Bulgaria's real estate prices on the rise again
The month of April brought news that the prices of real estate in Bulgaria continued their increase in the first quarter of 2006.
Housing prices in Bulgaria rose in Q1 by 4.7 per cent from the level recorded in the last quarter of the previous year, the National Statistics Institute (NSI) said on April 25.
The NSI data covers the prices of sealed apartment purchases reported by Bulgarian real estate brokers in the country’s 28 regional centres.
The average apartment price in the first quarter of 2006 was 806.1 leva (411 euro) a sqm, up from 769.7 leva (383 euro) in the previous quarter.
Apartment prices in the capital Sofia were the highest at 1313.7 leva a sq m, or 2.2 per cent up from the last quarter of 2005.
Varna, a major Black Sea port and holiday destination, was second with apartment prices of 1237.8 leva a square metre, up three per cent from the end of 2005. Bourgas, another Black Sea port and resort city, came third with average housing prices of 1198.3 leva a sq m, up 1.4 per cent.
The sharpest rise in housing prices in the first quarter, 51.5 per cent, was registered in the Danube town of Vidin. The town was recently struck by floods due to the rising level of the river, which would probably negate some of the positive change in the next months of this year.
Lovech in central Bulgaria saw a 19.5 per cent rise in average housing prices and the Danube city of Rousse posted a 15.3 per cent growth in apartment prices.
Statistical data of the real estate company Address, one of the largest in Bulgaria, showed a drop in the prices of vacation apartments at the southern Black Sea coast around the city of Bourgas. This comes as no surprise, for brokers have long been forecasting segmentation in the prices of holiday property along the entire Bulgarian Black Sea coast.
The Address data showed that in March 2006 there was a general drop in the prices of those properties which in July 2005 were in the lowest price group. There was a serious increase in the cost of luxury apartments in the region in early March 2006.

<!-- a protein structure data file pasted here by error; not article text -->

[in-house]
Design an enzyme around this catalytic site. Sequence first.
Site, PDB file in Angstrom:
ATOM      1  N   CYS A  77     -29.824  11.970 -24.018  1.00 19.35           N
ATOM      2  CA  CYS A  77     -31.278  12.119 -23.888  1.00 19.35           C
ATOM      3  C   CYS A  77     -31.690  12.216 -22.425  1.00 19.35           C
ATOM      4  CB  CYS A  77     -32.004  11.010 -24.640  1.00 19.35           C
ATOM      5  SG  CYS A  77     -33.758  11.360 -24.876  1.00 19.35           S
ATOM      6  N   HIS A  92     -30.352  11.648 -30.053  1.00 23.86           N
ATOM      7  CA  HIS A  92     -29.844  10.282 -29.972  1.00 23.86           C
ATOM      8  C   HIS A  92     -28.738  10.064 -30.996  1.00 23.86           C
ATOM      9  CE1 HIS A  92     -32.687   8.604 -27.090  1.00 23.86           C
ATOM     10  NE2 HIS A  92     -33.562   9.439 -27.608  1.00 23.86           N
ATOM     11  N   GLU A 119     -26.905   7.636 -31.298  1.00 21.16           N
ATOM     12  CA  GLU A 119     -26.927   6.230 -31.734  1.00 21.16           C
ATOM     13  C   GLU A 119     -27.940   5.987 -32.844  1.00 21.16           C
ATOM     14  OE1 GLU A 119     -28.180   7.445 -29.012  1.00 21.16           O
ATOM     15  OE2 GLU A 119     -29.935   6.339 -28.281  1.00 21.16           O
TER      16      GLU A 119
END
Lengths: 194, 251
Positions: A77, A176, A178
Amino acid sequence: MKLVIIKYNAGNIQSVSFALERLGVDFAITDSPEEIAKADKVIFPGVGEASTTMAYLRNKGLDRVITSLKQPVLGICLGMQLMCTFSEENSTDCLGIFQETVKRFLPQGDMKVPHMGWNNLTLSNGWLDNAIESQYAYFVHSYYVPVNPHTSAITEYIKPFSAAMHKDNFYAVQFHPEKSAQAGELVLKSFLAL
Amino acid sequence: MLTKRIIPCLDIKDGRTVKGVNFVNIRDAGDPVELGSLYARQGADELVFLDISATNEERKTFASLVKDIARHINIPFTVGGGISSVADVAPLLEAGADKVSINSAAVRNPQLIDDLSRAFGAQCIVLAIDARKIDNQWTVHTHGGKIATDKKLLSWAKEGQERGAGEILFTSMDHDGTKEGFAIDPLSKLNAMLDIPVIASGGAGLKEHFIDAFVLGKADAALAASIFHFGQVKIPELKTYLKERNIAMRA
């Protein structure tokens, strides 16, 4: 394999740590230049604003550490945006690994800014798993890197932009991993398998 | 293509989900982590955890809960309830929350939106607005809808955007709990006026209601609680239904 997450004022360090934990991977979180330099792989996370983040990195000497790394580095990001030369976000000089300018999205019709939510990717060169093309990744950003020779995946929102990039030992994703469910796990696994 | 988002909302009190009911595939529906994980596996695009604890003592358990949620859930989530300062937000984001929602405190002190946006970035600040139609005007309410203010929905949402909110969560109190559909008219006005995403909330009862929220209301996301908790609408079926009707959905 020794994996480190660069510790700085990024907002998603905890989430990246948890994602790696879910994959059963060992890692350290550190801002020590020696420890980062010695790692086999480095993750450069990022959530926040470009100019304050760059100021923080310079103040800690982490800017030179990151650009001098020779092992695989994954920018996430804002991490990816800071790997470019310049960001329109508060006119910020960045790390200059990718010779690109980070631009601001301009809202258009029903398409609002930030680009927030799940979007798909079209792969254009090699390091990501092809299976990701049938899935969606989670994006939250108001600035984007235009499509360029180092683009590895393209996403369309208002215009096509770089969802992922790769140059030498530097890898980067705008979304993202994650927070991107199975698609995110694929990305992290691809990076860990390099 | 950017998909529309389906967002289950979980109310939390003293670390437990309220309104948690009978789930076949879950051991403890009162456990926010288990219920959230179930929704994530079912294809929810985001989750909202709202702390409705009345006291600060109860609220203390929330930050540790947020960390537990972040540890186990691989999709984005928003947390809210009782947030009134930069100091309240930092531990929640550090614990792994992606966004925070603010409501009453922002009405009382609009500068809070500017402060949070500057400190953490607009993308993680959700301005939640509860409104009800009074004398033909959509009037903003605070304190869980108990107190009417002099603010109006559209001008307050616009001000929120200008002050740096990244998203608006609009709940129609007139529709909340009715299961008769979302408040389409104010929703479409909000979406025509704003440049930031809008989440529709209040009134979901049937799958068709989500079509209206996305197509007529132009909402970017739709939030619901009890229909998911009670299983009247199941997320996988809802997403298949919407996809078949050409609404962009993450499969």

The resort of Primorsko was the only place where luxury prices dropped and the other ones were on the rise.
Bulgaria’s accession to the European Union will have an impact on the players in the real estate market in this country. Luchezar Bogdanov from the independent analytical company Industry Watch made this forecast on April 26.
He was addressing a discussion entitled Scenarios for Bulgaria’s EU membership and their impact on public finance, investment environment and economic growth.
Foreign investors in real estate in Bulgaria are currently divided into two groups – the first invest in property with purely speculative motives, while the second group consists of those who wish to keep their property or reside on it.
In contrast to other South East European countries, in Bulgaria the number of foreigners in the first group is significantly larger, which, according to Bogdanov, is the first signal for a forthcoming change. As soon as these investors find that speculation will no longer bring them serious profits, they will immediately switch to other markets, Bogdanov said.
He believes that those who plan to reside in Bulgaria should know when the country will join the EU. Also important for them will be to know where a precautionary clause will be imposed on the country in the justice and home affairs field.
A large portion of the domestic demand for property in Bulgaria is covered by money from Bulgarian emigrants. Bogdanov pointed out an example with the town of Sliven in southern Bulgaria, where, according to a survey, about 85 per cent of the newly built apartments are being bought by Bulgarians working and residing abroad.If Bulgaria is integrated in the EU as fast as possible and with no precautionary clauses, easier migration to member states with higher incomes could be expected, which would enable the influx of more investment money in Bulgaria from emigrants, Bogdanov said. Such a development, in his view, will give another boost to the growth of the real estate market and the entire economy.
Source: Sofia Echo
Related links: National Statistical Institute Bulgaria